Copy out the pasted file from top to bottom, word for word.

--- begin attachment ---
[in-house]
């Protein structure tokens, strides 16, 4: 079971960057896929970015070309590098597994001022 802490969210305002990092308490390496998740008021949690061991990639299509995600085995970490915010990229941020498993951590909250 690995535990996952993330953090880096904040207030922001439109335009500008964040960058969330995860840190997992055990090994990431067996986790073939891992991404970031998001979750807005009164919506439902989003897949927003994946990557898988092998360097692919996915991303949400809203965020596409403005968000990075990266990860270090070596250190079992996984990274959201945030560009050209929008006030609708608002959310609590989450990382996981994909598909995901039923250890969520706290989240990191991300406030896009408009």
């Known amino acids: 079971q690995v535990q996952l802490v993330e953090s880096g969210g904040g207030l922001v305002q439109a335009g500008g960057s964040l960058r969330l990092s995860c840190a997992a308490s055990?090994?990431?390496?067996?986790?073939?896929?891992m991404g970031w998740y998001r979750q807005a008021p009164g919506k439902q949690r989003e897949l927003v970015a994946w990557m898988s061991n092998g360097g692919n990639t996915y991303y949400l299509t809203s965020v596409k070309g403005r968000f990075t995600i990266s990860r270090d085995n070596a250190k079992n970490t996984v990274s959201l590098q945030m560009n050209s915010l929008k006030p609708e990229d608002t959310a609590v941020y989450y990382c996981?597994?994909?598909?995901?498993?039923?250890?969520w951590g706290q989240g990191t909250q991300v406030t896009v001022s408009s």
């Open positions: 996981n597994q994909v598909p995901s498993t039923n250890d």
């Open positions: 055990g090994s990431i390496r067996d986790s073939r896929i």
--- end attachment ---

[in-house]
């Protein structure tokens, strides 16, 4: 079971960057896929970015070309590098597994001022 802490969210305002990092308490390496998740008021949690061991990639299509995600085995970490915010990229941020498993951590909250 690995535990996952993330953090880096904040207030922001439109335009500008964040960058969330995860840190997992055990090994990431067996986790073939891992991404970031998001979750807005009164919506439902989003897949927003994946990557898988092998360097692919996915991303949400809203965020596409403005968000990075990266990860270090070596250190079992996984990274959201945030560009050209929008006030609708608002959310609590989450990382996981994909598909995901039923250890969520706290989240990191991300406030896009408009």
């Known amino acids: 079971q690995v535990q996952l802490v993330e953090s880096g969210g904040g207030l922001v305002q439109a335009g500008g960057s964040l960058r969330l990092s995860c840190a997992a308490s055990?090994?990431?390496?067996?986790?073939?896929?891992m991404g970031w998740y998001r979750q807005a008021p009164g919506k439902q949690r989003e897949l927003v970015a994946w990557m898988s061991n092998g360097g692919n990639t996915y991303y949400l299509t809203s965020v596409k070309g403005r968000f990075t995600i990266s990860r270090d085995n070596a250190k079992n970490t996984v990274s959201l590098q945030m560009n050209s915010l929008k006030p609708e990229d608002t959310a609590v941020y989450y990382c996981?597994?994909?598909?995901?498993?039923?250890?969520w951590g706290q989240g990191t909250q991300v406030t896009v001022s408009s």
């Open positions: 996981n597994q994909v598909p995901s498993t039923n250890d």
């Open positions: 055990g090994s990431i390496r067996d986790s073939r896929i």